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Published Summer 2022

A new mixed Arts evening held at the Victoria Institute has been created by Mike Carey. Clare Toole-Mackson went along to meet him to hear more.

YOU may have heard mention of Arts Junction, the new mixed Arts evening that runs on the second Monday of each month at the newly refurbished theatre at Arundel’s Victoria Institute. “It’s a way of bringing together all the artistic creativity that abounds in our town,” explains Mike Carey, the founder of Arts Junction. “From my own experiences of providing musical interludes within poetry reading events, I got a sense of how well different art forms complement one another. And there is such a rich diversity of artistic expression in Arundel that it seemed a logical extension of the music and poetry combination to include as many of those other art forms as possible.”

Currently the evening brings together music, poetry, theatre and visual art into one eclectic and entertaining mix. Mike brings his own background in music to bear when it comes to inviting contributors, both in terms of finding the musicians and of ensuring a balanced programme. He has brought in experienced practitioners in their own field to curate the other art forms; Karin Moorhouse for visual art, Bill Brennan for theatre and Barry Smith who runs South Downs Poets for the poetry. “We’re constantly looking to mix it up and keep it varied,” explains Mike. “The Arts are about expressing your view of the world and your experience of it in a creative way, and any expression is valid! Some responses will challenge us more than others, but the more we open ourselves to alternative ways of seeing and experiencing, the richer our understanding, the deeper our empathy and the greater our tolerance of others.” Mondays may never be the same again!

It is that passion for sharing artistic expression that has characterised the many musical ventures that Mike has been involved in during the 10 years that he has been living in Arundel. It all started with the Jazz at the Jailhouse evenings that Mike co-started with “the local font of all jazz knowledge”, John Nurse. “We both love jazz and happened to be thinking of the same ambition at the same time,” muses Mike. “That was back in 2016 and we’ve been going strong ever since.” The monthly jazz club at Arundel Jailhouse- “it takes place beneath the Town Hall, but at night when the Town Council have all gone to bed”- features guest performers and bands from the professional circuit of jazz musicians that play local jazz clubs as well as more high-profile spots like Ronnie Scott’s.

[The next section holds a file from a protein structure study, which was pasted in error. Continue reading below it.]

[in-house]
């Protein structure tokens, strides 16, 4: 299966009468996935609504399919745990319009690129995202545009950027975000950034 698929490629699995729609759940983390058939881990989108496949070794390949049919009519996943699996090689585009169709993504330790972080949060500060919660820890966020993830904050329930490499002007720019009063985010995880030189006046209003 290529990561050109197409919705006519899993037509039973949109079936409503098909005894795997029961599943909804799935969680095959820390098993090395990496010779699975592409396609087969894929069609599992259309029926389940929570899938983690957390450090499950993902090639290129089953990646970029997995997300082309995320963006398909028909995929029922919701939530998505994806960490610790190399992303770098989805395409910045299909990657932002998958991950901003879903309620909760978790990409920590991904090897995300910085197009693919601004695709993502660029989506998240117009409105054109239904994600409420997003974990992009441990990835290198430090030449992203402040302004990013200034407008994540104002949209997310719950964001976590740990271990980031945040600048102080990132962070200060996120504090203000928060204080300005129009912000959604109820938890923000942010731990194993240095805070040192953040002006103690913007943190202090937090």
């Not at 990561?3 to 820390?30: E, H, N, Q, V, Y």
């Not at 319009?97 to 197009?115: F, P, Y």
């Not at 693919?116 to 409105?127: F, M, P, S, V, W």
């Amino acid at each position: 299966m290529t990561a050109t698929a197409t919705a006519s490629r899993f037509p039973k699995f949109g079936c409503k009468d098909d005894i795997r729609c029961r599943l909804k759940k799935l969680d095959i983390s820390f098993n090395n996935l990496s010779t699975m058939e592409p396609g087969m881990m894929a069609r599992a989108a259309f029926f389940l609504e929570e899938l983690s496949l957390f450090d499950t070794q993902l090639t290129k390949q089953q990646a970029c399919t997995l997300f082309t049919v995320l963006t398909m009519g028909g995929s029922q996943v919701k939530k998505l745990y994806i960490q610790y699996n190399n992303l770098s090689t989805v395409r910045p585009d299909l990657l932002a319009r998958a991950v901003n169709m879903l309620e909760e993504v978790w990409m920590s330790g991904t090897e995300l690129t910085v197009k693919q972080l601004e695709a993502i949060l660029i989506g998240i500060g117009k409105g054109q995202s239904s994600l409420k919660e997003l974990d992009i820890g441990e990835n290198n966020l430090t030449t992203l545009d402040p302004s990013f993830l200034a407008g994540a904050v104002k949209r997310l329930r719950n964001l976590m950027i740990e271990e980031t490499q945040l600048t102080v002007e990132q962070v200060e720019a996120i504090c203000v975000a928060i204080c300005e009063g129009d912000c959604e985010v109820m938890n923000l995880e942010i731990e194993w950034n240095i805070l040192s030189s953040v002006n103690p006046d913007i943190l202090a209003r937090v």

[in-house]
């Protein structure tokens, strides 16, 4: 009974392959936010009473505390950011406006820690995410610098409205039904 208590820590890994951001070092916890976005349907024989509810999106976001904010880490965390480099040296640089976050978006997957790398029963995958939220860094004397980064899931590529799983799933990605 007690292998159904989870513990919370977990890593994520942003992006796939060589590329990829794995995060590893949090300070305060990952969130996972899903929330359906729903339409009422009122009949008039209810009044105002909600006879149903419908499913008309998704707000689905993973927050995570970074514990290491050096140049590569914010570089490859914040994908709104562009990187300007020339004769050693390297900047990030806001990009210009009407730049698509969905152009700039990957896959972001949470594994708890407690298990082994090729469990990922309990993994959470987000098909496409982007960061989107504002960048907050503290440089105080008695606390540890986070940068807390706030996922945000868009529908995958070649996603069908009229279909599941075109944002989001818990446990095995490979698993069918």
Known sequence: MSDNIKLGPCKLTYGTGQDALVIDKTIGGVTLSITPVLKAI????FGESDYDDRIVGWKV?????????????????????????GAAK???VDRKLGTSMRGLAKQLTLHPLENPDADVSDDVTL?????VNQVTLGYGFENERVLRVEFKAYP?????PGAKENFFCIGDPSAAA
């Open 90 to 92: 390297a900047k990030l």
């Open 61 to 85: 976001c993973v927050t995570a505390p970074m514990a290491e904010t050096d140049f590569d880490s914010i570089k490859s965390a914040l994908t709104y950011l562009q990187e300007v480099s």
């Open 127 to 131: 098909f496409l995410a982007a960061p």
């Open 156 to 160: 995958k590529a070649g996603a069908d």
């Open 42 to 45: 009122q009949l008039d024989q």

“It was through our playing as the house band at the Jailhouse that we evolved our own band, Big House,” explains Mike. You may well have experienced Big House, even if you’re not aware of it! They play regularly on the Cobbles in the High Street, at the Farmers’ Market and at local events and venues. “I have met many wonderful musicians in the years that I’ve been playing but the three of us at the Jailhouse really hit it off. I’ve never had so much fun and musical pleasure as I have playing with Mike (Comber) and Stephen (Cass). And it was their support and reassurance that gave me the confidence to start writing my own material.”

And write he certainly has. Since he ‘retired’ from his work as a computer programmer – Mike ran several successful small IT businesses over a 40-year career – he has not stopped writing. “It just keeps coming out!

So, make hay while the sun shines, I say”. The band, augmented to include a mix of other like-minded musicians, have recorded three albums, all original material. Mike has recorded a solo piano album as well as producing, and recording, a piece of musical theatre about the life of Duke Ellington – you may well remember it from last year’s Festival.

There’s no let up at the moment either. Big House now host a monthly jazz night at the Victoria Institute where the trio invite a different guest to join them each time. “We love playing at the Vic,” adds Mike, “it’s the perfect space for jazz. Small, intimate, the audience right there with you at every step watching the creative process unfold.”

And then the follow-on from Ellington… “I loved doing the Ellington show last year. As the audience were leaving and we were saying good night, several people independently joshed, ‘What’s next? Basie?’ And then the opportunity arose for me to take on the Musical Director role with the Phoenix Big Band, at which point the writing was on the wall. So, this year, “Count Basie, his life in words and music” comes to Arundel with a full 18-piece big band playing the original Count Basie arrangements interspersed with an insight into the life and times of the man himself.

“I have lots more plans,” adds Mike as we come to the end of our interview in the idyllic surrounds of his home in Crossbush where he lives with his wife, Clare, their cat, Pops, three beehives and anything up to 17 pheasants, hiding from the shooters! “For starters I’d like to get a folk evening going at the Vic, and also bring some more classical music to the town. I think music is such a vital part of our lives. As listeners it speaks to us at an emotional level that we don’t access in the day- to-day of life. And as performers it provides a creative outlet that allows us to communicate with others at a deeply intuitive, instinctive level like no other. The joy of making music together is something I have been lucky enough to experience throughout my life, and in a world where the value of the Arts on the one hand is acknowledged, yet on the other hand is side-lined, I would like to play my part in encouraging the next generation to engage with the Arts, to remain open to any art form, any creative expression, to listen to all music with an open mind and to experience the joy of making music together.” See you at Arts Junction!

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